The Front-End of Methods Training

Based on my own experience and interactions with other professors and students, most methods training in political science starts with a “baby stats” course, continues into a more detailed course on linear models, and finishes with a fairly rigorous course on the generalized linear model that includes a grab bag of the latest and greatest methods. In my experience the detail and breadth of these courses increases as the students goes along. Related to this, departments (with limited methods-oriented faculty) tend to devote their methodologists to the more advanced courses and, if necessary, use more substantive-oriented faculty for their introductory courses. My experience in the statistics department at Florida State suggests a slightly different approach might train students more effectively. While a course on the GLM is crucial (I think I’ve used logit in every paper I’ve ever written), a thorough course in probability seems just as important to me. So what are the key ideas that students should learn in an introductory methods course?

1. point estimation
2. interval estimation
3. hypothesis testing

This could be done in the context of differences-in-means and a simple linear regression with a single explanatory variable (or even multiple regression). I’ve never used a Chi-square test in an actually application and I’ve certainly never done one by hand, so I don’t really see the point of doing several by hand as part of an applied methods class. Methods training in political science falls short of it’s potential because early methods classes fail to deal head on with these key concepts and then try to build on a nonexistent foundation. To really get a handle on the three key ideas of point estimation, interval estimation, and hypothesis testing, students need to be familiar with some basic principles of probability theory.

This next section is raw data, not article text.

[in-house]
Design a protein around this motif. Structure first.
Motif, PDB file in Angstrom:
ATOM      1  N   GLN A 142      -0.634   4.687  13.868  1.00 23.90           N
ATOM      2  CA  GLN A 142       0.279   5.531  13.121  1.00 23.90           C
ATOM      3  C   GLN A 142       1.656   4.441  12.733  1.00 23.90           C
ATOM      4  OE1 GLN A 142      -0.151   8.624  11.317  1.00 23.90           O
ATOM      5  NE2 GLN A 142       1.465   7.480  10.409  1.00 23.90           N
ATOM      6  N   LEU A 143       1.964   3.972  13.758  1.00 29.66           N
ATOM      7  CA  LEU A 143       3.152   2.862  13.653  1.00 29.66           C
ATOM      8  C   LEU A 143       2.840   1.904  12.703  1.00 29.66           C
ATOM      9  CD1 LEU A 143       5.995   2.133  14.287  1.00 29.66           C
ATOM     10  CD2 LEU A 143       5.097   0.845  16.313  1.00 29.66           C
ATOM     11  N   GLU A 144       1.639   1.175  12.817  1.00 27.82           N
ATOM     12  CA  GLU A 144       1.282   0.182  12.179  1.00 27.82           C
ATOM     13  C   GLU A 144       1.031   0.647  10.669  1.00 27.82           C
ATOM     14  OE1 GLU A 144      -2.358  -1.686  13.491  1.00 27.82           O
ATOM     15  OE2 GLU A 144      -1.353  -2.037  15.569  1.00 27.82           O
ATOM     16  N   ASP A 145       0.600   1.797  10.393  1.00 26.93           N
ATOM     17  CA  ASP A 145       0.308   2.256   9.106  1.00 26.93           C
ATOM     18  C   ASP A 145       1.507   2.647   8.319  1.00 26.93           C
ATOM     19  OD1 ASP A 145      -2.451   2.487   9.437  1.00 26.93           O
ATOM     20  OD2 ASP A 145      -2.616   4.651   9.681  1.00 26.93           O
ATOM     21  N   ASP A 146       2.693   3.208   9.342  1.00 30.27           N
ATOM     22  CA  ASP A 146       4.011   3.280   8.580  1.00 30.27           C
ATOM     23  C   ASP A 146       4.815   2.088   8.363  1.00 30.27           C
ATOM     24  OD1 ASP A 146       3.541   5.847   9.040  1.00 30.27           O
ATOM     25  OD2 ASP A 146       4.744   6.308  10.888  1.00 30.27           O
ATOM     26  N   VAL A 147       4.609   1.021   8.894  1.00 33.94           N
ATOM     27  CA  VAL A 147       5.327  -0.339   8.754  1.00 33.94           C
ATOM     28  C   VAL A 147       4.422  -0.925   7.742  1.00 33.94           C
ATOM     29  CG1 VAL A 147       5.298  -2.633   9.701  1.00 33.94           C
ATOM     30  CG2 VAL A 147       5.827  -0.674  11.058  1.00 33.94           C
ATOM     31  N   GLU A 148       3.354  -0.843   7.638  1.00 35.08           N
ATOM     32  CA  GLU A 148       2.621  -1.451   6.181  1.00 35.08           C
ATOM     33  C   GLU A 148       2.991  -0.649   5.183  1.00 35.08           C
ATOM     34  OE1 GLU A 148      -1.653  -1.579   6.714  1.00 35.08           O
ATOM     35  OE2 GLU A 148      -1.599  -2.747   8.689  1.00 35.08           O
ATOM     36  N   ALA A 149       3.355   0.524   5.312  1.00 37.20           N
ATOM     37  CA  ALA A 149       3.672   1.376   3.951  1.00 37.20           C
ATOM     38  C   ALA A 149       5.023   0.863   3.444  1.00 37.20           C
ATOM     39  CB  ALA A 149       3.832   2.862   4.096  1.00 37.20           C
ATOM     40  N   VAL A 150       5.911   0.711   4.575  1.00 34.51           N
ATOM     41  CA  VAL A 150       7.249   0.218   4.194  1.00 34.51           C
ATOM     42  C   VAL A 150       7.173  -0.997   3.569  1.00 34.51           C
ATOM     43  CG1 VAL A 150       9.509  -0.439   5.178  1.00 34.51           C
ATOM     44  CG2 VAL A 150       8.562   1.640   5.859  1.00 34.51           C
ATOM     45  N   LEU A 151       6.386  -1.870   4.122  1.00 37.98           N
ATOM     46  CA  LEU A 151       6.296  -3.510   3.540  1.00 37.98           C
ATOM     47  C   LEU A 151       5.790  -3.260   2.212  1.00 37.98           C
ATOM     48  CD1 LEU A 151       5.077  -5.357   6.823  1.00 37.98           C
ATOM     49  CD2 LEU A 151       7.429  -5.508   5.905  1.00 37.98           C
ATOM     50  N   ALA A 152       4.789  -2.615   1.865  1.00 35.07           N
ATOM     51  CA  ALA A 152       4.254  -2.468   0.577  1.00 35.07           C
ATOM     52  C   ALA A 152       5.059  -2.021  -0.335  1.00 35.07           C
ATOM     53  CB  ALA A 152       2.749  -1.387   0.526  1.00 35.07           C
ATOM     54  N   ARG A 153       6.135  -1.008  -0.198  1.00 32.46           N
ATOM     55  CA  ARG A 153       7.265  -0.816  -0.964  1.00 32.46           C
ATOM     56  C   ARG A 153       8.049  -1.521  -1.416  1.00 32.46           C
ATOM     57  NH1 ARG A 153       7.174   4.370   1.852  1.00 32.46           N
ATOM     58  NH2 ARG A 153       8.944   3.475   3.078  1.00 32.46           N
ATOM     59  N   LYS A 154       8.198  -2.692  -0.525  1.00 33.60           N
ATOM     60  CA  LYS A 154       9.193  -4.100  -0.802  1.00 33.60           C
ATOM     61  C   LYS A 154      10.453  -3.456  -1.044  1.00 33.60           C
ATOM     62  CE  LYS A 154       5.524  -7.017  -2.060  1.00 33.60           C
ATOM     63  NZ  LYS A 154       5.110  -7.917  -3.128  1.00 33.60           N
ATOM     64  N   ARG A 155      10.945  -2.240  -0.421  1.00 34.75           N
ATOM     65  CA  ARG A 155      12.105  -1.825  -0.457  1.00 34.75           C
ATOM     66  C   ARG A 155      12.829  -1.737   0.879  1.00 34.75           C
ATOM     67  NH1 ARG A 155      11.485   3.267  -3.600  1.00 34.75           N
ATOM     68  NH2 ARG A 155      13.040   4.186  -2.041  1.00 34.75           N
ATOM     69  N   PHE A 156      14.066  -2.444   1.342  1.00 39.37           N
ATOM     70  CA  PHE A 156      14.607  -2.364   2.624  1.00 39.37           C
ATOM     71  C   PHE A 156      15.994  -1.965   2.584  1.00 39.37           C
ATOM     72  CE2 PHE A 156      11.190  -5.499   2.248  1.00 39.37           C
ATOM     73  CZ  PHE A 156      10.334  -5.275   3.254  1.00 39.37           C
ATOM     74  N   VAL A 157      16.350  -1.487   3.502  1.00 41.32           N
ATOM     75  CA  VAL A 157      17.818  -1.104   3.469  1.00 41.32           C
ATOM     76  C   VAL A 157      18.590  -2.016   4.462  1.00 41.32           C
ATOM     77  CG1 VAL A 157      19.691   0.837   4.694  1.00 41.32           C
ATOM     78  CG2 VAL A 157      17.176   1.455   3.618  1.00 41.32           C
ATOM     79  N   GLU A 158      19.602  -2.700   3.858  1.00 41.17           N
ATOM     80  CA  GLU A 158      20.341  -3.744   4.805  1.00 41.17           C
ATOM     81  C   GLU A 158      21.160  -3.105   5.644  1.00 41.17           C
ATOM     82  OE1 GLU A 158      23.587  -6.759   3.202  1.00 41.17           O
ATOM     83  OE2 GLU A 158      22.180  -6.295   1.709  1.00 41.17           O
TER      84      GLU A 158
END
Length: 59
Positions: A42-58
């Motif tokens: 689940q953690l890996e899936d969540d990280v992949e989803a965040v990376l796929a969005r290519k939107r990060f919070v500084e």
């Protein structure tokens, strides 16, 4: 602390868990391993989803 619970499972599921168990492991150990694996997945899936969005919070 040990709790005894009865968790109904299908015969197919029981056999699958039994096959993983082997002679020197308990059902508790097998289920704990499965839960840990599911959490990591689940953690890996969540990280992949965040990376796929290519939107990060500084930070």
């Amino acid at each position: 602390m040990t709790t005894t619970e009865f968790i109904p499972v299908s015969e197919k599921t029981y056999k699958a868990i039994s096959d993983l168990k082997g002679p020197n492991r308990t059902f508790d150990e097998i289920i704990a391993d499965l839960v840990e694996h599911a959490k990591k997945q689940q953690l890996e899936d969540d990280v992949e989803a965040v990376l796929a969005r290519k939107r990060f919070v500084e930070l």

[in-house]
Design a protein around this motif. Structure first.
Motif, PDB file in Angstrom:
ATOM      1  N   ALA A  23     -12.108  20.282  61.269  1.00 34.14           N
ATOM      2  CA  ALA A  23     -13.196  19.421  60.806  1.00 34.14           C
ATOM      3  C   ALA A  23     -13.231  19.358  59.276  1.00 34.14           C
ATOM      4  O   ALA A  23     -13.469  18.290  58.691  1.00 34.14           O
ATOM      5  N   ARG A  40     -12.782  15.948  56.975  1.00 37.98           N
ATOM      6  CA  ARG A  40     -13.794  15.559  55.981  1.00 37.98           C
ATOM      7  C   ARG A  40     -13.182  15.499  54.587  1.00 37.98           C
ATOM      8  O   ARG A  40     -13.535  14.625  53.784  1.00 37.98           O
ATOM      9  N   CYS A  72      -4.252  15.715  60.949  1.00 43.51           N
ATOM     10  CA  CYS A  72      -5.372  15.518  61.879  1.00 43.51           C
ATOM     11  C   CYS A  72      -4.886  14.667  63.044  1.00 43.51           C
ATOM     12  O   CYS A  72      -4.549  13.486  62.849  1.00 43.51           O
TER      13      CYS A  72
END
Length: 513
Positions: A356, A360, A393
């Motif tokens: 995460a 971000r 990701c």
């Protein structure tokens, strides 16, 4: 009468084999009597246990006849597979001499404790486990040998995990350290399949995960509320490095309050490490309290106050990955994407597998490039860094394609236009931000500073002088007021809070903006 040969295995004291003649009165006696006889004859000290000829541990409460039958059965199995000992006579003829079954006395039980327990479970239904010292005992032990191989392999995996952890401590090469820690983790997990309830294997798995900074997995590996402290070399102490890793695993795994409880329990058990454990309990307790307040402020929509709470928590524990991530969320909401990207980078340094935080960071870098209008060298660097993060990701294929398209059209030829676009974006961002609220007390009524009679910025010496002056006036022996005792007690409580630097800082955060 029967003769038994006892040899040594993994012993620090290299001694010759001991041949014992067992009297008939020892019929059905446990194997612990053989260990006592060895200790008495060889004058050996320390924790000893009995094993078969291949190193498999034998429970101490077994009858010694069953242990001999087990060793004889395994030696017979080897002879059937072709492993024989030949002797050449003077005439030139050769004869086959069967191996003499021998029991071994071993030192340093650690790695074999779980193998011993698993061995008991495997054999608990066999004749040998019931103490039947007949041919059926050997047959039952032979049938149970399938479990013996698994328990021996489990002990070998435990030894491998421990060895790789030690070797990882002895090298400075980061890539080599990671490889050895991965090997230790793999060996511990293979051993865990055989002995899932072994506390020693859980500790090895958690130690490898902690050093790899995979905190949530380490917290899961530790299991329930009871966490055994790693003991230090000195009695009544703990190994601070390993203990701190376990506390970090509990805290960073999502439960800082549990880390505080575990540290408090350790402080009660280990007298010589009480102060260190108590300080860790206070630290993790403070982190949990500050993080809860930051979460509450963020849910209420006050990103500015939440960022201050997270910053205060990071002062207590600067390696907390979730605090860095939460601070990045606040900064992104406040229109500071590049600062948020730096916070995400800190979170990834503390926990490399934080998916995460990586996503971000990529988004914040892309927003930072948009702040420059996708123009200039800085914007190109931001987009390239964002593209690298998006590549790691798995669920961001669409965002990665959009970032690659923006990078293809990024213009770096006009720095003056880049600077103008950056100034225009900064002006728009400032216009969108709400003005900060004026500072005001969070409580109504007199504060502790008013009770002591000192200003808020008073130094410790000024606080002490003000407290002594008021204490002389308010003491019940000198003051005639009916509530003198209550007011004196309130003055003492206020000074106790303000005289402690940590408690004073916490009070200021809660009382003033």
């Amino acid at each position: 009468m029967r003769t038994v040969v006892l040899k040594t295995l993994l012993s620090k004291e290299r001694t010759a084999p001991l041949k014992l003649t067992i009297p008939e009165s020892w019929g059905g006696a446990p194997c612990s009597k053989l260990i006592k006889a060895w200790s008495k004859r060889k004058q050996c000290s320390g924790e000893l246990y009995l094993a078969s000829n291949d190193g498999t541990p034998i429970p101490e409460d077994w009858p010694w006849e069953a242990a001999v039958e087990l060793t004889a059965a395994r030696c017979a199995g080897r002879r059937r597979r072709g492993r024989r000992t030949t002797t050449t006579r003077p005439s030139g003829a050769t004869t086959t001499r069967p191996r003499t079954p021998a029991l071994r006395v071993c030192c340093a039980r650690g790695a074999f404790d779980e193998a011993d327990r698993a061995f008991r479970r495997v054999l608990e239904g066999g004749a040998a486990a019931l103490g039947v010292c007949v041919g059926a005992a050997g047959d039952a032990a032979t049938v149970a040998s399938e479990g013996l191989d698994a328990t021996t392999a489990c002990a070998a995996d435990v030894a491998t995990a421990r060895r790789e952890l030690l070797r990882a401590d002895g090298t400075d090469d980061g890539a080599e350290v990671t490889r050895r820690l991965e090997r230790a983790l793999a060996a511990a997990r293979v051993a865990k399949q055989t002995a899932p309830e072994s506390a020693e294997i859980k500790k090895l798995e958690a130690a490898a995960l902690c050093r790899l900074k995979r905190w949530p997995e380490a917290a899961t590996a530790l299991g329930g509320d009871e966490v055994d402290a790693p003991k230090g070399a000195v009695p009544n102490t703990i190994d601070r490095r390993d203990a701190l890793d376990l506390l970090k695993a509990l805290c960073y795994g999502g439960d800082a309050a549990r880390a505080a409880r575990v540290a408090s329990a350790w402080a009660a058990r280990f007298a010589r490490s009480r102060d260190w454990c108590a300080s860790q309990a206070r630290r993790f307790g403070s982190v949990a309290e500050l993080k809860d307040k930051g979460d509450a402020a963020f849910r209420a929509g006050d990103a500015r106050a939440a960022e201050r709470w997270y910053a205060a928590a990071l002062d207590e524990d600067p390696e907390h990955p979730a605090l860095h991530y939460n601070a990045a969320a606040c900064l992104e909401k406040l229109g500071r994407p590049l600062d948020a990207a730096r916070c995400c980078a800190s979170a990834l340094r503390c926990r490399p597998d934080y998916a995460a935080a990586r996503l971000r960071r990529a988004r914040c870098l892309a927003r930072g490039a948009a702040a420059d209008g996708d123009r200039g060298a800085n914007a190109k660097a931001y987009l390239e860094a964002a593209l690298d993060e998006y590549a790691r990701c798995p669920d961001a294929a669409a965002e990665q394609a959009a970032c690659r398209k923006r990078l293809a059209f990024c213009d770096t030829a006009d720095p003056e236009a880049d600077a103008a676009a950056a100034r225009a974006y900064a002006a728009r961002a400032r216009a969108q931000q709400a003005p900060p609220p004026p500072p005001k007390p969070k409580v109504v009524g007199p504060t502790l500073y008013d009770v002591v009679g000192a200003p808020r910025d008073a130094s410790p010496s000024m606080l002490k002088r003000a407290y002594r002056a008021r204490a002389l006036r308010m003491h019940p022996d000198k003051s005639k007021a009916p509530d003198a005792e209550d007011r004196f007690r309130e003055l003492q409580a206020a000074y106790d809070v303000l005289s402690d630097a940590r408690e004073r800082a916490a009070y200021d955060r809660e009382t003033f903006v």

1. probability distributions and random variables  (pdfs/pmfs, cdfs/cmfs, computer simulation)
2. Bayes’ rule for discrete and continuous events
3. mean and variance (of a random variable, not the sample mean and variance)
4. conditional expectation
5. central limit theorem
6. sampling distributions

I’d start the class with a scatterplot of two theoretically related variables, such as the incumbent party’s presidential vote share and change in GDP.  I’d ask students to think about how these two things might be related. Based on simply inspecting the scatterplot, I’d ask them two specific questions.

1. For every percentage point increase in the GDP growth rate, how many percentage points does the incumbent party’s vote share increase? Don’t worry about being exactly correct just come up with a “good estimate." Call this quantity the “effect."
2. Choose two values that you are “fairly confident” lie above and below the actual effect.
3. Are you "fairly confident” that that the actually effect is greater than zero?

I’d then set out to tackle these questions throughout the class. These imply other questions as well, such as what makes and estimate a “good estimate” and the technical meaning of “fairly confident.” I’d note that to answer these question, we need a statistical model, so I’d suggest $y_i \sim N(\mu_i, \sigma^2)$, where $\mu_i = \beta_{cons} + \beta_{x}x$. I could then note that this and similar models serve as powerful tools for answering these types of questions and that it’s really important to understand the details. I’d jump in with the normal distribution, expanding to other distributions, and working my way down the list, always coming back to the fundamental concepts of point estimation, interval estimation, and hypothesis testing, being vary careful with details and not shying away from the mathematical background. I don’t know what sort of textbook would be appropriate for this style of class. My favorite is Casella and Berger, but that’s much too advanced for an introductory class for political science graduate students. I haven’t spent a lot of time with it, but DeGroot and Schervish seems promising. These are just some initial ideas, so let me know what you think, especially if you disagree.

A friend writes:

I'm wondering if you have any materials and/or advice you'd be willing to share for teaching undergrad research methods.

I have four bits of advice.